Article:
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After a week of training lectures on the job of a caseworker, my supervisor offered me the first of several helpful hints: "The main thing is to get the aid out," he said. "You can always check things later if you have suspicions." But "later" - as it turned out - I had more and more cases and there was never any time. Within two months, in fact, I was the government assigned head of household for 160 families.
May I commend you for your series of articles on public welfare. The presentation to the public of the problems of public welfare is long overdue.May I also suggest that the article on the problems under the category of Aid to Dependent Children did not present strongly enough the viciousness of the out-of-wedlock situation.
Buffalo Evening News 1960-06-25
Spend money to save money? In isolated experiments across the nation, the question has been answered. By spending welfare tax dollars you ultimately save them. For Erie County, saddled with a near $30,000,000 annual relief bill, many answers are available.
Buffalo Evening News 1960-06-22
"I'm wasting my time working. I'd be better off on welfare." The man holding the steaming cup of coffee could have been your neighbor, the worker at the next machine or the bus passenger sharing a seat. What he said is repeated often in the mounting public distress over high welfare costs. It is the echo of revelations of laxity, chiseling, laziness and dishonesty. It is also wrong. Because a man would be better off "on the welfare" only if he wanted to feed and clothe each of his children for less than a dollar a day.
Buffalo Evening News 1960-06-21
The Erie County Department of Social Welfare has fixed rent ceilings it is willing to pay for welfare recipients. However, because of housing shortages in Negro neighborhoods, exceptions frequently are made. A single caseload may have between 20 and 30 exceptions.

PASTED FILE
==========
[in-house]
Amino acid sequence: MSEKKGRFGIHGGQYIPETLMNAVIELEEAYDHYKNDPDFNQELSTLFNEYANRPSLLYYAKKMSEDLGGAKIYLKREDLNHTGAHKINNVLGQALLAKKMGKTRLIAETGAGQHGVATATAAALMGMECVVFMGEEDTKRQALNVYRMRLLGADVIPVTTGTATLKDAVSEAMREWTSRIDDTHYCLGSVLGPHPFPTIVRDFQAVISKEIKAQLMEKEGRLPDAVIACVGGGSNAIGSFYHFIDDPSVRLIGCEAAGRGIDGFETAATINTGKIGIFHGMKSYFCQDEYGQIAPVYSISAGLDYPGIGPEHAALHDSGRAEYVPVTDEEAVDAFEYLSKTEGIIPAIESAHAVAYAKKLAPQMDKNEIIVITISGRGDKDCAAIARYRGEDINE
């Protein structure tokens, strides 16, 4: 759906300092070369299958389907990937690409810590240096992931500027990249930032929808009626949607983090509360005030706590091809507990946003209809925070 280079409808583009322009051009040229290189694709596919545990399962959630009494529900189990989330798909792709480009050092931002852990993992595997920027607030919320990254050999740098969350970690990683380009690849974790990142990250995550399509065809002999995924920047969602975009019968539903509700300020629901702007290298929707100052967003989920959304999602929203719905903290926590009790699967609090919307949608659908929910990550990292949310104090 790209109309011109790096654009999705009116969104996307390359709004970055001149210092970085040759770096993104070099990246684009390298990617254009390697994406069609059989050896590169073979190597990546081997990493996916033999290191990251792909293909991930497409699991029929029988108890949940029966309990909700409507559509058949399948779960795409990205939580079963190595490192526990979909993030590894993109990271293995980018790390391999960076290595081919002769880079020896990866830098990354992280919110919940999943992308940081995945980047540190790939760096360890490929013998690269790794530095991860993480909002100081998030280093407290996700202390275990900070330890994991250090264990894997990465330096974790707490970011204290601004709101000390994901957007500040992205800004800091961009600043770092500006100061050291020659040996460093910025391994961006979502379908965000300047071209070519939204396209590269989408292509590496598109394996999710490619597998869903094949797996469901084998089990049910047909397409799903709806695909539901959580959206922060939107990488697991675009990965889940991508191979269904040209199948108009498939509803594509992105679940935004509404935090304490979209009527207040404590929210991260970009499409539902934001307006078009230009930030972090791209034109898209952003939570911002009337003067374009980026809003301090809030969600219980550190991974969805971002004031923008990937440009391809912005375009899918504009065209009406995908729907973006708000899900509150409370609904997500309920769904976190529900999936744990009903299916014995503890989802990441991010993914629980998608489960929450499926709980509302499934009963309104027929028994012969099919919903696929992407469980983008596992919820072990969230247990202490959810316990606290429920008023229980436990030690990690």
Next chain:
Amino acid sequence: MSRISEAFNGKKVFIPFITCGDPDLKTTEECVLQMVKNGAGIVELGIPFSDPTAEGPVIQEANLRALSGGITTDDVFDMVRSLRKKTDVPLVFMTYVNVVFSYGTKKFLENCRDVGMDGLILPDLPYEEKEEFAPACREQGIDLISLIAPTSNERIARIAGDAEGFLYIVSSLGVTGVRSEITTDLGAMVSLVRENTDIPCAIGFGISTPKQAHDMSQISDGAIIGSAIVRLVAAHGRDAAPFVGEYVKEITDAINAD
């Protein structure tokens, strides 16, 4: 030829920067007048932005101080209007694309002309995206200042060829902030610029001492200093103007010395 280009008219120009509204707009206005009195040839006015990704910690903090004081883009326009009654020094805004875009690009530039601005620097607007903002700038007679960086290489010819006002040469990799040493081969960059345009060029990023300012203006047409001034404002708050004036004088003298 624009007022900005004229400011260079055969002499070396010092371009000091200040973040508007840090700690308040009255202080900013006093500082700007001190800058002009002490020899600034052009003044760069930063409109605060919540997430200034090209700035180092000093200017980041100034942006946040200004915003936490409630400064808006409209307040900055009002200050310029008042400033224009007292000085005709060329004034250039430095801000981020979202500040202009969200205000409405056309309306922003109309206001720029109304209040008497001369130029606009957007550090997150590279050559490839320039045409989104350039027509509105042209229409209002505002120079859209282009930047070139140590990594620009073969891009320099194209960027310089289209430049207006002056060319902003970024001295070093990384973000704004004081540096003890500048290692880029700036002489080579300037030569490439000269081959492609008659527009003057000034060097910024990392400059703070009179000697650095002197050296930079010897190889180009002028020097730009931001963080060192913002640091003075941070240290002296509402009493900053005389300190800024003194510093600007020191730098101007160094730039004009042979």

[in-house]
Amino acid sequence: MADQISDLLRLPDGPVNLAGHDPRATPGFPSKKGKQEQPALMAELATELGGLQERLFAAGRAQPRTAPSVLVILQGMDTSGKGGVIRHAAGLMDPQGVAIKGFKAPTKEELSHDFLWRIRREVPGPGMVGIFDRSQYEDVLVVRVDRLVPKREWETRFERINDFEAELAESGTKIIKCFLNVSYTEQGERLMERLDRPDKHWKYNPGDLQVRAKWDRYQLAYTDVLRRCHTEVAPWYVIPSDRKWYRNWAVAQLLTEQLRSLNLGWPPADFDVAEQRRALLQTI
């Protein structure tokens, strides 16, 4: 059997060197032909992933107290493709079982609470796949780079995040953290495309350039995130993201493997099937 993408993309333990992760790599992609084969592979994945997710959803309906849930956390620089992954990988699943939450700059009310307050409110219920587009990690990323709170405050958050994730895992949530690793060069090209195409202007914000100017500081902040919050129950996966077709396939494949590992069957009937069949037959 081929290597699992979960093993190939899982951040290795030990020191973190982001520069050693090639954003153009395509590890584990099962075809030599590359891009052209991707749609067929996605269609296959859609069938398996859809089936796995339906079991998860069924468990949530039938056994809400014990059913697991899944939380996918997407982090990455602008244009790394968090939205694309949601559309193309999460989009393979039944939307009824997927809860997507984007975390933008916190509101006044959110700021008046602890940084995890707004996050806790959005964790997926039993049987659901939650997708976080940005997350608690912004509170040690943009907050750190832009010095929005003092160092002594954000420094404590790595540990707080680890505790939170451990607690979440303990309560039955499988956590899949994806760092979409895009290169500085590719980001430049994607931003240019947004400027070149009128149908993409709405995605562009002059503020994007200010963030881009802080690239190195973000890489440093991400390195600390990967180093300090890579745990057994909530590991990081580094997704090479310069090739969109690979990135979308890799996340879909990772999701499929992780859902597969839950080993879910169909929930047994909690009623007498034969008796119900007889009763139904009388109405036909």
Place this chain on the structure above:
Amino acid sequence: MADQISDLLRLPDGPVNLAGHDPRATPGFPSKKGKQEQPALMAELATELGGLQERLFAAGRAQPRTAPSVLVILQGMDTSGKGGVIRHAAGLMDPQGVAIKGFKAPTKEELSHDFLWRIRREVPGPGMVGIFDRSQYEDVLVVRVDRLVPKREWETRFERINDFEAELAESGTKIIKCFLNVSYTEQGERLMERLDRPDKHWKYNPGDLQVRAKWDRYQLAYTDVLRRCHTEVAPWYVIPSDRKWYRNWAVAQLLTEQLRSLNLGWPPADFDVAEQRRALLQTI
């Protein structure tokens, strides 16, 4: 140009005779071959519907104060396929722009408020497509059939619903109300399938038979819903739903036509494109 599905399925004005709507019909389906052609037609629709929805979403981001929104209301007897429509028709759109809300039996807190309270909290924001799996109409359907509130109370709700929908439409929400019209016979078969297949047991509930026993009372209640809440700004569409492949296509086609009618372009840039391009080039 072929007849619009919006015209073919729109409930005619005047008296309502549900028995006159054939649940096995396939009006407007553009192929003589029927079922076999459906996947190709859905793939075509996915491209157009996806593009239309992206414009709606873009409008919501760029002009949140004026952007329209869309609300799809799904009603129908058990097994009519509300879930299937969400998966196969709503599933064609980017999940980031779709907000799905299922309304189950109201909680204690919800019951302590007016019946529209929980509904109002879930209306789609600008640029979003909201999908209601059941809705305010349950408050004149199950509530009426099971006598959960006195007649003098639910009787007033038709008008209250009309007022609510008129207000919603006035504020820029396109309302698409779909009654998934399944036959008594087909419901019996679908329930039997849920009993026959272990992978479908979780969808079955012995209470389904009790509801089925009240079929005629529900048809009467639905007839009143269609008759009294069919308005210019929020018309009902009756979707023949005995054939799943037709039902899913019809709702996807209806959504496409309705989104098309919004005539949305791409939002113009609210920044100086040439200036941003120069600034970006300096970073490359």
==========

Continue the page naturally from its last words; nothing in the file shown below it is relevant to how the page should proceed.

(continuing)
Buffalo Evening News 1960-06-20
Every day in Erie County there are scores of men, women and children sitting in doctors' waiting rooms. When they come out their bill will be sent to you - the taxpayer.Today, too, there are hundreds occupying public and private hospital beds. When they are discharged the statement will be sent to you - the taxpayer.
Buffalo Evening News 1960-06-18
If a man picked your pocket today, most likely he'd go to jail.But if he taps your wallet via the Welfare Department route, the chances are that he'll never see the inside of a cell.
Buffalo Evening News 1960-06-16
Tony has received public assistance almost all of his adult life. His son was on welfare in Erie, Pa. A daughter, living at home now, gets monthly Aid to Dependent Children checks for herself and Tony's grandson. Here are some excerpts from his relief history: 1932 - Victor found man had a car licensed in his grandmother's name. Victor knows that the man drives car and is out nights with it. Man doing window washing but denies it.
Buffalo Evening News 1960-06-15
In New York City, for example, ADC in 1958 supported 54,000 illegitimate children.On the other side of the coin the question is often put this way: What do you propose to do? Let these children starve because of the mistakes of their parents?
Buffalo Evening News 1960-06-13
In Erie County today and in other New York counties, there are thousands of men and women who weekly deduct part of their take home pay and give it to a needy parent, an elderly aunt or children whose early marriage is being threatened by financial shoals.But there are others whose charity never began at home or anywhere else.
Buffalo Evening News 1960-06-11
As a group, many of the relief recipients have become a dependent society. During the three months I was a caseworker I gave your tax dollars to children who are fourth-generation welfare cases."Don't let them save you," was the advice I received when I first started. "Some of these people, you'll find, know more about welfare than all of us. They've got every angle."
Buffalo Evening News 1960-06-09
In a gray filing cabinet in the office of the Erie County Welfare Department where I worked there are supplies of forms that include a list of 65 different ones most frequently used by caseworkers.Each, used in duplicate or triplicate, serves a particular function in the paper empire that has grown with the administration of public welfare.
Buffalo Evening News 1960-06-10